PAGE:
Raising half the sky: work–life balance of Chinese female administrative workers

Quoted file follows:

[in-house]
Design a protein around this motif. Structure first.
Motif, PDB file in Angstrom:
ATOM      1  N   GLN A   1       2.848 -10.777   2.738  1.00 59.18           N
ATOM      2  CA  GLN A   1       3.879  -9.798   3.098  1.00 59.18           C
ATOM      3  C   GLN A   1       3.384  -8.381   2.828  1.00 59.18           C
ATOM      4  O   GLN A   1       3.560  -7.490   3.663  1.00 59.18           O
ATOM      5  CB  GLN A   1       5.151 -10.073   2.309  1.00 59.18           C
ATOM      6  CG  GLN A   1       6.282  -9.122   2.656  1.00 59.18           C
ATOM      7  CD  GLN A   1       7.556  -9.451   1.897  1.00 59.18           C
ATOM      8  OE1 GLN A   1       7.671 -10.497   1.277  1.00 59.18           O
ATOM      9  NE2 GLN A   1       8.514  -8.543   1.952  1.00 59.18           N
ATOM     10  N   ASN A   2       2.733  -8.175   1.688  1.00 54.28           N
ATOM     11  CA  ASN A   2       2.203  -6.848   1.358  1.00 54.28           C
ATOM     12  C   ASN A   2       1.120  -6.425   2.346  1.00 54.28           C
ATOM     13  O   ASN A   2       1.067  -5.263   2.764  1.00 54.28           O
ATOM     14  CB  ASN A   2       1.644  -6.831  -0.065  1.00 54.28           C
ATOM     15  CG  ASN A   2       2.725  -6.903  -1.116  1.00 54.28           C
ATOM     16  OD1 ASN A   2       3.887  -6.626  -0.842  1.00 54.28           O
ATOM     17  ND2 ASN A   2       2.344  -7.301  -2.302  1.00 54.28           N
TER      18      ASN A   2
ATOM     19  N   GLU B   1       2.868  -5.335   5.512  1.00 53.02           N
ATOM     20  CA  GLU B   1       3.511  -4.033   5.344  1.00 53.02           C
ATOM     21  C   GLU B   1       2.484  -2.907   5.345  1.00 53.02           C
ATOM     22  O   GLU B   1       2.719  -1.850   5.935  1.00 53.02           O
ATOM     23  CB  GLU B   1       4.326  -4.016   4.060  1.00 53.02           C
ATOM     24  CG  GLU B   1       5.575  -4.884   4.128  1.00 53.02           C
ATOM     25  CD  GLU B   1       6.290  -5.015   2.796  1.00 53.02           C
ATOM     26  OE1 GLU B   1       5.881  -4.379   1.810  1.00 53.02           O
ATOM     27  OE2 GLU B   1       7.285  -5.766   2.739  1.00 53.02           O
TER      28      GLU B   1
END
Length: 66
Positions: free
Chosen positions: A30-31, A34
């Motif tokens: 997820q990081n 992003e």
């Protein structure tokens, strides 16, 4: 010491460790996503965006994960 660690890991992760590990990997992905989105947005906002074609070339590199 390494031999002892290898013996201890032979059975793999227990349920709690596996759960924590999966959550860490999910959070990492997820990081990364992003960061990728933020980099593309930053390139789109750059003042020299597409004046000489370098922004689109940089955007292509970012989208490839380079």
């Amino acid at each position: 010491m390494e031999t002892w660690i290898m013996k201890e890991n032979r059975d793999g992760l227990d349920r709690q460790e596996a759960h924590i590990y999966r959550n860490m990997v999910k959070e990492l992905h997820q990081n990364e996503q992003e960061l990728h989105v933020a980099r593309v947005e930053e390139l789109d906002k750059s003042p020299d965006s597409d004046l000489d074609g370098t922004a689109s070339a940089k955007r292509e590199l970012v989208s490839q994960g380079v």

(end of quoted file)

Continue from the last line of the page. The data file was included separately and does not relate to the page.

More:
In recent years, a growing body of research has examined the issue of work–life balance (WLB). WLB initiatives have been developed by organisations, not only to aid employees in leading healthier and more satisfying lives, but to attract and retain talent. One area where WLB issues have not been examined in detail is from the perspective of Chinese immigrant women. As one of the largest and growing Asian ethnic groups, the WLB issues faced by Chinese women are especially worthy of being examined and addressed. The primary purpose of this research was to explore the WLB experience of Chinese women in administrative roles at Auckland University of Technology (AUT). It also aims to contribute to the body of knowledge on WLB issues for minority ethnic groups and investigated Chinese women’s coping strategies for integrating work with their non-work roles. An exploratory qualitative case study approach was adopted for this study in order to compare and contrast organisational initiatives and policies for WLB with women’s experiences. A triangulated research design was also employed to glean qualitative data by virtue of multiple methods including archival evidence such as publicly available documentation, secondary research on WLB and AUT’s WLB policies, and semi-structured interviews. This study involved 12 Chinese female administrative staff and three staff members from the Human Resource Department (HRD), the Asian Staff Network (ASN) and the AUT Branch of Tertiary Institutes Allied Staff Association (TIASA). Participants were recruited by utilising sources such as the Asian Staff Network (ASN) and the researcher’s network of contacts within AUT. The findings of the study indicated that Chinese women’s WLB experience and ways of handling work–family conflict (WFC) and family–work conflict (FWC) were affected by their experiences of immigration and cultural backgrounds. In particular, their family situation had a critical influence on the way they organised their households and arranged for childcare or eldercare. Child/elder care responsibilities, personal/family emergencies, and personal/individual sacrifice engendered tensions around their ability to integrate WLB. In addition, work factors such as heavy workloads, meeting deadlines, and working longer hours, and cultural barriers caused emotional stress and physical consequences. While informal support from managers and colleagues and the WLB policies offered by the university helped women address their WLB issues, some policies were underutilised. A variety of coping strategies such as family members, win-lose strategies, time management, building clear boundaries, changing mindsets, and demonstrating commitment were actively adopted by Chinese women as mechanisms to cope with tensions between their work and family lives. The implications of these findings are discussed in light of the theory and practice of WLB.